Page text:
Breeders' Cup colt has Manchester United, Downton Abbey ties
During his 28 years as manager of Manchester United, Sir Alex Ferguson was known for picking winners. So, with that as your guide, keep an eye on Telescope in the mile-and-a-half Breeders’ Cup Turf on Nov. 1, because Ferguson is one of 12 shareholders in the 4-year old colt.
“Sir Alex is a great racing enthusiast,” says Harry Herbert, Chairman of Highclere Racing, the outfit that basically introduced the syndicate concept to thoroughbred racing in Europe. “I expect to see him at Santa Anita, where Telescope will go for glory. Like the rest of us, he’ll be nervous and excited.”
Herbert is no stranger to the Breeders’ Cup, or racing in the U.S. for that matter. Born into a racing family—“My father managed the Queen’s horses for many years,” he says—Herbert wanted to be an actor, only to realize in the mid 1980s that he was better suited to do something else. “I had racing genes,” he says. But unlike his father, grandfather and great grandfather, who founded Highclere as a stud farm over 100 years ago, Herbert set out to America to learn the game.
“My mother is American, she comes from Wyoming,” says Herbert. “And I didn’t want to be a daddy’s boy here, so I went to the States to see if I could make my own way. I started in Lexington, Kentucky, working for a company called Bloodstock Research, which is a computer company that specializes in pedigrees. Then, I was hired away by Matchmaker, who specialize in private auctions of stallion shares and stallion seasons. I got into all sorts of things, such as racecourse management. After about four years in Kentucky I decided to head back home. I realized there was a real opportunity to start racing partnerships here in the U.K., which hadn’t really been done before … getting small groups of people together, to share a number of race horses. I started that in 1992 and we’ve been the leader in that side of things over here ever since.”
Ferguson is not the only celebrity owner on the Highclere team, which also includes actress and model Elizabeth Hurley and actor Hugh Bonneville, the star of Downton Abbey (which is filmed at Highclere Castle, Herbert's family home).
The Royal Family has long been involved in thoroughbred racing in England, but that’s not the only thing different about the Sport of Kings in the U.K., and throughout Europe. “We race principally on turf here,” says Herbert. “And our racecourses have been around hundreds of years, and some go left-handed, some go right-handed. Some go uphill and downhill. There’s a huge variety in racecourses. We don’t just race on flat ovals. Those are the biggest differences in racing over here.”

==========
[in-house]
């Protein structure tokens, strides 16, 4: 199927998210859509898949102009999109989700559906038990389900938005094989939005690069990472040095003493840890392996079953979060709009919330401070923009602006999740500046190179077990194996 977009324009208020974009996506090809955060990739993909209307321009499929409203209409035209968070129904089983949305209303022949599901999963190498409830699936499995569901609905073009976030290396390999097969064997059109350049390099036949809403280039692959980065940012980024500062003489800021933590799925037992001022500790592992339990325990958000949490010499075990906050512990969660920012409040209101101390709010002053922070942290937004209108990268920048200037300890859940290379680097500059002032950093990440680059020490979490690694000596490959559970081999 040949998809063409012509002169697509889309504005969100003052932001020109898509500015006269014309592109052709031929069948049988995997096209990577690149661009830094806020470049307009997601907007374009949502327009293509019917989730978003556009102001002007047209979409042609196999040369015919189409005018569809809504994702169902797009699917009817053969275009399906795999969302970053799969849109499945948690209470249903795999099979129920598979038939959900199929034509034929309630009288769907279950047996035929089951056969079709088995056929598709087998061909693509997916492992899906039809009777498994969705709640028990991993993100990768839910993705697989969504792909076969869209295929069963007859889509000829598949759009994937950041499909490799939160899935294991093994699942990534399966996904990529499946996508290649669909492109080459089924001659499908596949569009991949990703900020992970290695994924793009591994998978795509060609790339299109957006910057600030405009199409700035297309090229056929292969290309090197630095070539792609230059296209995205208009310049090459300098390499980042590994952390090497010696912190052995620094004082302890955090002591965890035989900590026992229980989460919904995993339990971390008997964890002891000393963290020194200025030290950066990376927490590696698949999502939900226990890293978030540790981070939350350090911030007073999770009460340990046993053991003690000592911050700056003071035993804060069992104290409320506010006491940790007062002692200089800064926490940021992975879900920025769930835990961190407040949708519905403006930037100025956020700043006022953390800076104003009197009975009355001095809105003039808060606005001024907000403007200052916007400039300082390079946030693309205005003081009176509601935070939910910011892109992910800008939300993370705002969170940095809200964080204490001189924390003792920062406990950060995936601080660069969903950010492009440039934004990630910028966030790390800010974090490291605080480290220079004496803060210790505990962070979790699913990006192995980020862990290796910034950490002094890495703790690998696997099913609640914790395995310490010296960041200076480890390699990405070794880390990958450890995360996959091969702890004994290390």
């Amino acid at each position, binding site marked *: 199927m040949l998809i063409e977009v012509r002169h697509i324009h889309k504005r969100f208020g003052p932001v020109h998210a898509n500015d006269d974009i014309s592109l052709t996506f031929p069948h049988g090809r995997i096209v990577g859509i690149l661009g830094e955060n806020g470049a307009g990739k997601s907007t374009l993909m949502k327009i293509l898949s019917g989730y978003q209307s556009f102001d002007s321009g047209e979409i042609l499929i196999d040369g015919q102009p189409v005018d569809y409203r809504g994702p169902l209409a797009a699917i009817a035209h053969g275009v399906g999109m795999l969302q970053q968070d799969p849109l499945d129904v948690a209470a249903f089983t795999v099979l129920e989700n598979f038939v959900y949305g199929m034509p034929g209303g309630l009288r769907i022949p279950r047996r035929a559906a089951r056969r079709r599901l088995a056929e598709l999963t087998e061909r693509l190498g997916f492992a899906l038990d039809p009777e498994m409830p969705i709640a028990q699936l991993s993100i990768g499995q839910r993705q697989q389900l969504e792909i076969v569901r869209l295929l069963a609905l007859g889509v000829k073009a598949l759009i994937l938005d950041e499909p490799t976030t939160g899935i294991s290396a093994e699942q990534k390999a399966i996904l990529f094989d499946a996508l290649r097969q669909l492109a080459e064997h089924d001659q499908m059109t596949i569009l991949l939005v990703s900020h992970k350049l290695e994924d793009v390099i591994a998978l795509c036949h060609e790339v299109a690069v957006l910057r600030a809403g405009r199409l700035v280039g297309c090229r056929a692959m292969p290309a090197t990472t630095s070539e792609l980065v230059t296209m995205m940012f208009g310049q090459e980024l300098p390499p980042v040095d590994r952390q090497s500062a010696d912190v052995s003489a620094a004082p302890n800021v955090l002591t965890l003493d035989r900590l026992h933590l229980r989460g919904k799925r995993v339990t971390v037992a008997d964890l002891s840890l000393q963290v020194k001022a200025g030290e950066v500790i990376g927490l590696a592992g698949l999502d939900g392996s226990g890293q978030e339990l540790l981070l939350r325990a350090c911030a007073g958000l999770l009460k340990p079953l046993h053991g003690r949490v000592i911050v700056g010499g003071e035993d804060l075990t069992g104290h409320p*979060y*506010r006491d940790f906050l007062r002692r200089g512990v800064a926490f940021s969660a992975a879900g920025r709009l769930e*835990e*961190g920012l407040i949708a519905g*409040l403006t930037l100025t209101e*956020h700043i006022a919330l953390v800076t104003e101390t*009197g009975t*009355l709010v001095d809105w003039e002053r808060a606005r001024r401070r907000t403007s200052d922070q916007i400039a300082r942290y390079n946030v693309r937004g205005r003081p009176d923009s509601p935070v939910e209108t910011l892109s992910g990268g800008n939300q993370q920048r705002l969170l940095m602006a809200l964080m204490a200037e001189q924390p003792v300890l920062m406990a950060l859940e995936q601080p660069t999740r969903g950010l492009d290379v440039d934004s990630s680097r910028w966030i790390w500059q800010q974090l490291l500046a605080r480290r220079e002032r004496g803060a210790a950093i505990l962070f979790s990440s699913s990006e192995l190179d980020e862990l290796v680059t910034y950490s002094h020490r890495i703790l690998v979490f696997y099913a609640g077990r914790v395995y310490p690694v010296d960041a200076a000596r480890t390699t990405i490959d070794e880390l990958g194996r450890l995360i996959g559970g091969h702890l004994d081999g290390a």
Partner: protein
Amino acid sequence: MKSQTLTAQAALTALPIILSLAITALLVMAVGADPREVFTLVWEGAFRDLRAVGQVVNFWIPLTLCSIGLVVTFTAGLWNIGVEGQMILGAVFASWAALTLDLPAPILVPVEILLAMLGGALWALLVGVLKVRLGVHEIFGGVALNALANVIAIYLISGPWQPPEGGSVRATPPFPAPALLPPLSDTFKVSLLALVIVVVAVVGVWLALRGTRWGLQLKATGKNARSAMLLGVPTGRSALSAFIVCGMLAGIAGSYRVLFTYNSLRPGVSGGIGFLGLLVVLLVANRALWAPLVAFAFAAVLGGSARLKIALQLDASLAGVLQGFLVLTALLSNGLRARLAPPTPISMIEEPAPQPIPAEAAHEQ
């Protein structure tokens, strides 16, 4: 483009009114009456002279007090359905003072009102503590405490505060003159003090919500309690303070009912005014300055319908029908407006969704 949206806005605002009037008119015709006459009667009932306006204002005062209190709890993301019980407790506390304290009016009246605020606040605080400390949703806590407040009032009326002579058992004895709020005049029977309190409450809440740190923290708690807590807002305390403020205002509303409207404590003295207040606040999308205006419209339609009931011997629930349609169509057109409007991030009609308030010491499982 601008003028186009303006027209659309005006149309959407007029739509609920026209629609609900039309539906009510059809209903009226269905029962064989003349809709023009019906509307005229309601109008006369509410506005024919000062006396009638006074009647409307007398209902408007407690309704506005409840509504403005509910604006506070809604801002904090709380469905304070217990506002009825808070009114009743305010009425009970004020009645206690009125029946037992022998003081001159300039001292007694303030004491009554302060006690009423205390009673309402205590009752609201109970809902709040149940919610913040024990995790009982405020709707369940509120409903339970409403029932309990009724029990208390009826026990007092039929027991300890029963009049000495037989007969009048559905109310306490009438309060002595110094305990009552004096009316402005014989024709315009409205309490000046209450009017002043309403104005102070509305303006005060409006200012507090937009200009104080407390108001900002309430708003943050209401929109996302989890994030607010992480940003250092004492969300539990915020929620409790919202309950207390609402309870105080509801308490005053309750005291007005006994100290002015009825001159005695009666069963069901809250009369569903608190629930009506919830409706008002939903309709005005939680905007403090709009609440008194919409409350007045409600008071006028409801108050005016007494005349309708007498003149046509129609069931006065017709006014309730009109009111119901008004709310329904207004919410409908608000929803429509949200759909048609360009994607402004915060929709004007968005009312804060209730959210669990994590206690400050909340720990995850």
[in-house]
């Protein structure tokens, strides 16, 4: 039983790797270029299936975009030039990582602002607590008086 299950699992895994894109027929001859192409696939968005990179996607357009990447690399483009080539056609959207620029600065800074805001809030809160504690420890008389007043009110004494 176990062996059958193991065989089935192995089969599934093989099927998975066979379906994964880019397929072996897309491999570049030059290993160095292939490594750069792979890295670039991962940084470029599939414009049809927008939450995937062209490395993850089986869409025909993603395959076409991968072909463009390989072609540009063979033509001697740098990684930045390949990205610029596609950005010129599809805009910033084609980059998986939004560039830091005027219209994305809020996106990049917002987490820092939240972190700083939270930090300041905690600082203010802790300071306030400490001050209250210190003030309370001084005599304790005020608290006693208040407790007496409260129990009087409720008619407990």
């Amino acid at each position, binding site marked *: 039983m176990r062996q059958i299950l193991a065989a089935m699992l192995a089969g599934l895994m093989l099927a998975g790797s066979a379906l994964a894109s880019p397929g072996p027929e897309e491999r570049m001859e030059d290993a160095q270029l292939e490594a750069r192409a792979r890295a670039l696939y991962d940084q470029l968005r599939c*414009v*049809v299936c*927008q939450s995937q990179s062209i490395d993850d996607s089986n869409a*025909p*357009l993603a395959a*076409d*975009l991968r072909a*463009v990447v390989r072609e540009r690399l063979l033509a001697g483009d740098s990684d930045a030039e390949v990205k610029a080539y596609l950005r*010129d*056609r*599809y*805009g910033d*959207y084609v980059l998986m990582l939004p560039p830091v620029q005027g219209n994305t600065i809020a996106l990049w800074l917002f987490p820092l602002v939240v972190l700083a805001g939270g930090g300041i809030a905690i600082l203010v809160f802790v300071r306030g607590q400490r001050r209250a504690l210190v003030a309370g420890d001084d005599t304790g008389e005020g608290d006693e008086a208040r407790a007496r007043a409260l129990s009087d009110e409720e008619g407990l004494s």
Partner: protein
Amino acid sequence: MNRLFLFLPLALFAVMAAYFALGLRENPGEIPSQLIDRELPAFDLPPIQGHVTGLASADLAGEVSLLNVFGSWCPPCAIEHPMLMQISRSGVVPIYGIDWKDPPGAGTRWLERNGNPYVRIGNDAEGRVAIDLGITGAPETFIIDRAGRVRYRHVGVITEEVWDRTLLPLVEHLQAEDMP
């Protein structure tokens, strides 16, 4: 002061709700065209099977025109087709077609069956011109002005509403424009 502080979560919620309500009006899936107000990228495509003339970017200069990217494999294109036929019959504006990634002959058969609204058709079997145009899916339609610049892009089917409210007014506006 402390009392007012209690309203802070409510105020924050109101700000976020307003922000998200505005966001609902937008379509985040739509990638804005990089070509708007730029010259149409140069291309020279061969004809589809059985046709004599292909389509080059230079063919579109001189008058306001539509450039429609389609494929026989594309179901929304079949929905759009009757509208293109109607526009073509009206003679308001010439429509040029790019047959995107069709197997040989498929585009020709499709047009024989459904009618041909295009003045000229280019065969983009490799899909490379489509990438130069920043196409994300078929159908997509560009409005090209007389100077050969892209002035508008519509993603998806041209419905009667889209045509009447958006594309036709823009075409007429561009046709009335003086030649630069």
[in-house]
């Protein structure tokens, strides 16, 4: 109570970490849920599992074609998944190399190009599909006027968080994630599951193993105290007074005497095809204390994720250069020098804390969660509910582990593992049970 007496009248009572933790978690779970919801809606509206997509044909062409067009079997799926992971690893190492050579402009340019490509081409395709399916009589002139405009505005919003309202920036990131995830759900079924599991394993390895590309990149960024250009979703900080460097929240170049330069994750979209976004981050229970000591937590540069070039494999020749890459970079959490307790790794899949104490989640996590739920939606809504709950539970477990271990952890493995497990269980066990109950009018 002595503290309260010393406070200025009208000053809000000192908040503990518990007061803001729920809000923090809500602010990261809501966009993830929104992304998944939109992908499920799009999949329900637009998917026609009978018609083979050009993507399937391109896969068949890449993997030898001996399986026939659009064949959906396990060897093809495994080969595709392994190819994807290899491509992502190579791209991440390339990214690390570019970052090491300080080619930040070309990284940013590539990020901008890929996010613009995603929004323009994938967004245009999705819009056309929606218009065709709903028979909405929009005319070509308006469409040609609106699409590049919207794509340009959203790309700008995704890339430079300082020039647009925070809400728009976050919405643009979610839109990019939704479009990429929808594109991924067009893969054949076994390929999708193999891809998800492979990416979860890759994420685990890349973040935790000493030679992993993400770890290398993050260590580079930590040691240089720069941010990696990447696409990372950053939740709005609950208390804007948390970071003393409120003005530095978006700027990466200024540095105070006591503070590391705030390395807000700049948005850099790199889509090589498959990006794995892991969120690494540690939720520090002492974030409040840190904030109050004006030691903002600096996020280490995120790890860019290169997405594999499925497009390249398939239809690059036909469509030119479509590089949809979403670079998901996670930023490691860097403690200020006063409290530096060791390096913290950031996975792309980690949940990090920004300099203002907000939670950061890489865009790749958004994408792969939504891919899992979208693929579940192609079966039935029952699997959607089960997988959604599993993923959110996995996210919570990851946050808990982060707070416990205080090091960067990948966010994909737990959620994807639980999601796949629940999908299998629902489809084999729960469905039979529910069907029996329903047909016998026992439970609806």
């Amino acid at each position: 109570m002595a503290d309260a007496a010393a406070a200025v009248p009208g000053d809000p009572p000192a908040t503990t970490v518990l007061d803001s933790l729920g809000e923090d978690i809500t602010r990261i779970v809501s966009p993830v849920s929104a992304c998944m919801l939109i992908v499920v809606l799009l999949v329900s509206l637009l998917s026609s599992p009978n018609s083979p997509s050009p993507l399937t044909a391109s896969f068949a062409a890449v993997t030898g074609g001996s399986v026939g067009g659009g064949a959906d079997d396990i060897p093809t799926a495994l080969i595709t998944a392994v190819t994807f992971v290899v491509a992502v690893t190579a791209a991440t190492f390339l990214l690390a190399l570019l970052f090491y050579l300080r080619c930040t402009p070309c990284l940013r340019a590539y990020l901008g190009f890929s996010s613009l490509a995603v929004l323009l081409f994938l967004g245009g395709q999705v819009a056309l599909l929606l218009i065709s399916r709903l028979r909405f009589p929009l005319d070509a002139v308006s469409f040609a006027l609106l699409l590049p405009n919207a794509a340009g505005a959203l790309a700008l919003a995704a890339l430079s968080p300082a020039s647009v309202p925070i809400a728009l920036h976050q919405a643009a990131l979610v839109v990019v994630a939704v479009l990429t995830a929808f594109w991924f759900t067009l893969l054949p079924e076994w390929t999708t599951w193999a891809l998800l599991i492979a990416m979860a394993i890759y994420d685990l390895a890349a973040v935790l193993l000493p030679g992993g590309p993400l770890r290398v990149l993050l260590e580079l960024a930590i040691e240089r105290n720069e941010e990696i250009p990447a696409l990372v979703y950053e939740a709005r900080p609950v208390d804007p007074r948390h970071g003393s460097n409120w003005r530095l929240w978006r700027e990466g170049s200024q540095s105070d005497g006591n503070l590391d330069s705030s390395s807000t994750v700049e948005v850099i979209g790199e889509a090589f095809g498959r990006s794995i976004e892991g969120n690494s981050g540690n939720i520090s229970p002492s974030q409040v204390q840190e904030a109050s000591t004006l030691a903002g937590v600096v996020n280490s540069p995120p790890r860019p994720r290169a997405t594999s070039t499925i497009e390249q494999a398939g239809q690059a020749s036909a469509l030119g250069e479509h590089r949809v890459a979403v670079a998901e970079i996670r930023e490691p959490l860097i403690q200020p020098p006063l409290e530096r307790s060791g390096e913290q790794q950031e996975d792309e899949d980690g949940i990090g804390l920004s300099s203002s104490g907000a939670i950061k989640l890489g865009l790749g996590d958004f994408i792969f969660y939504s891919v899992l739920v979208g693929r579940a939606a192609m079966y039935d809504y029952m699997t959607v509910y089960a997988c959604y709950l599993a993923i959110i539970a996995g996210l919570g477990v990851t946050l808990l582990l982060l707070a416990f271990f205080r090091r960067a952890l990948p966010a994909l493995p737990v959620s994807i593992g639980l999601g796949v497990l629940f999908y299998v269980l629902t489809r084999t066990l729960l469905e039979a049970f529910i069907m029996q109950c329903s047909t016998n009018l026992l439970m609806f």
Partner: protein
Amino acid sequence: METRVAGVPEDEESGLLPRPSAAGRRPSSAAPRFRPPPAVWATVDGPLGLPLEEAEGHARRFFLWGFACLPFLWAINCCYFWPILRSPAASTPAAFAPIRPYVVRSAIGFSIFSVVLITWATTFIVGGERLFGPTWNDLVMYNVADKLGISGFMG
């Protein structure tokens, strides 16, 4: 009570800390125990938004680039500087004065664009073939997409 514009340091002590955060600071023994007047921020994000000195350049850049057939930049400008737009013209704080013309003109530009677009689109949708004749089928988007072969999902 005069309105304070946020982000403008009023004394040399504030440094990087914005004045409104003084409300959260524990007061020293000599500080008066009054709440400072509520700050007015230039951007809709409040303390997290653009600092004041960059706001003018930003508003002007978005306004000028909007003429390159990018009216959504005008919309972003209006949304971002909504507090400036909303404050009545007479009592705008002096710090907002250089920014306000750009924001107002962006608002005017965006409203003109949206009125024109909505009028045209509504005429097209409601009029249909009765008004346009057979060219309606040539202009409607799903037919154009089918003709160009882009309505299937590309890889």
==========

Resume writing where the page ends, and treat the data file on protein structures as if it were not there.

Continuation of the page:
Yet Herbert says Highclere has a strong desire to bring its best horses to the U.S. to race in the Breeders’ Cup.
“We had a filly called Petrushka who was the favorite for the [Filly & Mare Turf] at Churchill Downs in ,” Herbert recalls. “She finished [fifth], ran very well, but it was just a bit much for her. We ran a horse called Lake Coniston [who finished 12th] in the Breeders’ Cup Sprint at Belmont Park [in 1995]. It’s very tough for European horses at the end of our long season here, to get on a plane, travel over and win. It’s a big ask.”
Which brings Herbert to Telescope, who’s hoping to make history.
“We skipped some key events with Telescope, to give him time to freshen up,” says Herbert. “He could have run the Derby [at Epsom] last season, but we decided not to. Now, as a 4-year-old, he’s much more mature, he’s improved and he’s a horse we feel should run very well at Santa Anita. He’s got plenty of speed and he stays very well, so the mile-and-a-half distance of the Breeders’ Cup Turf is perfect for him. So we’re hopeful he stays in one piece between now and then and comes over and has a great time.”
Herbert admits that it does make him nervous to think of putting a high-strung thoroughbred on a plane across the Atlantic Ocean and the North American continent, to run in a $3 million race. So his team crosses its fingers and trusts the shippers. “He’ll get over about a week before the race, that’s the norm,” Herbert says. “He’ll have some time to settle in, have a couple of light bits of exercise and then run on race day. You don’t want to send them too soon over there. Some think it’s almost best to run right off the plane. Hopefully, we get it right for him.”
Herbert says that when he first saw Telescope in 2012, he thought the horse was “one of the most beautiful yearlings I’ve ever seen.”
Herbert’s brother-in-law, John Warren, who is the Queen’s bloodstock adviser now, oversaw the purchase.
“I’ve rarely seen him so excited about buying a horse as he was with Telescope,” says Herbert. “He’s by Galileo, who’s one of the top sires in Europe. He’s a very nice colt, a beautiful horse, very well-bred. He was very impressive winning at Royal Ascot this year, won the Hardwicke Stakes [on June 21] by seven lengths. And he was second in the King George VI and Queen Elizabeth Stakes [on July 26].”
Herbert says that the Breeders’ Cup is followed closely by racing enthusiasts in the U.K. “When I was living in Kentucky, I watched the birth of the Breeders’ Cup [which debuted in 1984],” Herbert recalls. “It’s a great atmosphere and it’s an international event, and few things are more exciting in the racing world than putting a horse on the international stage for big prize money. Having a horse go there is very exciting. This is what every owner aspires to.”
And for a retired football manager—a legend, actually—it's another chance to get up and pump a fist.
“Yes,” Herbert says, “Sir Alex gets excited by all of this. And he’s been in some big games.”